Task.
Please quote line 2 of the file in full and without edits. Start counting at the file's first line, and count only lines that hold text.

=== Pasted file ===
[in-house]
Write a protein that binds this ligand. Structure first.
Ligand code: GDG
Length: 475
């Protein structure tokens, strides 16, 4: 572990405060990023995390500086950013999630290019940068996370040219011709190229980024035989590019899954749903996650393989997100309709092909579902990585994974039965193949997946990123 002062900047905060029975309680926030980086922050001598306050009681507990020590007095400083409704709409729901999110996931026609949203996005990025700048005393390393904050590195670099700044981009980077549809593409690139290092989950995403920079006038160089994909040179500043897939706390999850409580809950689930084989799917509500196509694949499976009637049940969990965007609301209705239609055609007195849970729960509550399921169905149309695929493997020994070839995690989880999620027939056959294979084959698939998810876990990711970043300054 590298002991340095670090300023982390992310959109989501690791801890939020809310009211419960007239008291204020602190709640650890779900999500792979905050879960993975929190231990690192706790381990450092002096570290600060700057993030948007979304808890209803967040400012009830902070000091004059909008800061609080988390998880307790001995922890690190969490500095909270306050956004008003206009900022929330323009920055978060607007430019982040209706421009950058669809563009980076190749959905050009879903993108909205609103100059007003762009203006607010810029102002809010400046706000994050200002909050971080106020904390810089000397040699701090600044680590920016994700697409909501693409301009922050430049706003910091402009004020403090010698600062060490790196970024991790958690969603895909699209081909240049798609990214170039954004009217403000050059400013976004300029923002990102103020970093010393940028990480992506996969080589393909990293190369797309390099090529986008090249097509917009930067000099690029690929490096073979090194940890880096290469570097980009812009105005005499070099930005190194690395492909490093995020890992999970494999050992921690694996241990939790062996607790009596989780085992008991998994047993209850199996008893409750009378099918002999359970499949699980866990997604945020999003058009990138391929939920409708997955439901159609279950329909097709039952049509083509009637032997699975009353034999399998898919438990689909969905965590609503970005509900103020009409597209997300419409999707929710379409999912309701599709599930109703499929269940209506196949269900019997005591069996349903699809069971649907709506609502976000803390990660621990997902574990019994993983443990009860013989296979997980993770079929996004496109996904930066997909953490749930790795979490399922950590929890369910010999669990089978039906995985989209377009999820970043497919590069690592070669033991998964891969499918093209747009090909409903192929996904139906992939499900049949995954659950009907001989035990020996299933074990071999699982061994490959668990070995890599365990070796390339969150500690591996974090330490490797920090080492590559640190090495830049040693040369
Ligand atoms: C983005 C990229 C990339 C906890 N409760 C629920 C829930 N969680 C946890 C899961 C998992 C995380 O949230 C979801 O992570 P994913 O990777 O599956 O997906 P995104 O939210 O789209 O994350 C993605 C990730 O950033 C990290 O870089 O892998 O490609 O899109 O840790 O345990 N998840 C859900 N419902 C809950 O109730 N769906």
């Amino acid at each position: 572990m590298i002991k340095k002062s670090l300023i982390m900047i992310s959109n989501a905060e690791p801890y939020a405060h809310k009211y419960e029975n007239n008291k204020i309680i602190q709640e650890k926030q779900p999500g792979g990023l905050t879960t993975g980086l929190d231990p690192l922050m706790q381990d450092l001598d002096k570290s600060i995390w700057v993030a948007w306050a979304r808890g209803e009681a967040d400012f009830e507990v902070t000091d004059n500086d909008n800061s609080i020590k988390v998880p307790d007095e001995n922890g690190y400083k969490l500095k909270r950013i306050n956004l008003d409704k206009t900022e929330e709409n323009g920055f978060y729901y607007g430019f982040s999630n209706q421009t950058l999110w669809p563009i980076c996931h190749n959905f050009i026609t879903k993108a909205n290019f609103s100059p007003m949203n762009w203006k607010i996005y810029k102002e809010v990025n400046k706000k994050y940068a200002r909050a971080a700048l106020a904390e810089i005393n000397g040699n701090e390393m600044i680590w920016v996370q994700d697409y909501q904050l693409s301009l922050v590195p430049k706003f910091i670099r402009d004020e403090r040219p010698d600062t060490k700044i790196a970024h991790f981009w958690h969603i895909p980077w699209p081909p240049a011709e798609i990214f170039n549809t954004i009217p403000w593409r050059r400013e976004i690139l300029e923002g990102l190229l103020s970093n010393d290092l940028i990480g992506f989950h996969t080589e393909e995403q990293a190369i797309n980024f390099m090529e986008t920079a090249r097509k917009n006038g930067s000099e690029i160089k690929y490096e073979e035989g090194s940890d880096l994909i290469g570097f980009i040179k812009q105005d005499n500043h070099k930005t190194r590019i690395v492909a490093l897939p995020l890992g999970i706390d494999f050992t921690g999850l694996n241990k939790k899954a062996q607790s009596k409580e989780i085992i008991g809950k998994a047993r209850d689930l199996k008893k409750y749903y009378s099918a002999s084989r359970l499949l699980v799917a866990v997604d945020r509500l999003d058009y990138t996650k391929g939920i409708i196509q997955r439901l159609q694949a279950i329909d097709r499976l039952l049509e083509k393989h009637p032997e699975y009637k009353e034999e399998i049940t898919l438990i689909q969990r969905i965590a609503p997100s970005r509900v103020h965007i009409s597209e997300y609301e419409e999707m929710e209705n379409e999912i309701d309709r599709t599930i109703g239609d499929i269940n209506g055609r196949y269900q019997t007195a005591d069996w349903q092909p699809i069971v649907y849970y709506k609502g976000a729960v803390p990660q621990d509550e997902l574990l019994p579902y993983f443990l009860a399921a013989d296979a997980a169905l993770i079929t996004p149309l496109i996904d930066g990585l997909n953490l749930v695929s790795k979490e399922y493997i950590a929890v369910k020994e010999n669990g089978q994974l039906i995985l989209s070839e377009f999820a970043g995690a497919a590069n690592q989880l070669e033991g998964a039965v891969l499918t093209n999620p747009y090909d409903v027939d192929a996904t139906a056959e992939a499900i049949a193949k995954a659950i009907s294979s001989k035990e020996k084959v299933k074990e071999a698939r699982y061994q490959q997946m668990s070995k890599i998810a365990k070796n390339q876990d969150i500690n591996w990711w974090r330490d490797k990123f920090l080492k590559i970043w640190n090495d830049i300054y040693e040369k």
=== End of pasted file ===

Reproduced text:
Write a protein that binds this ligand. Structure first.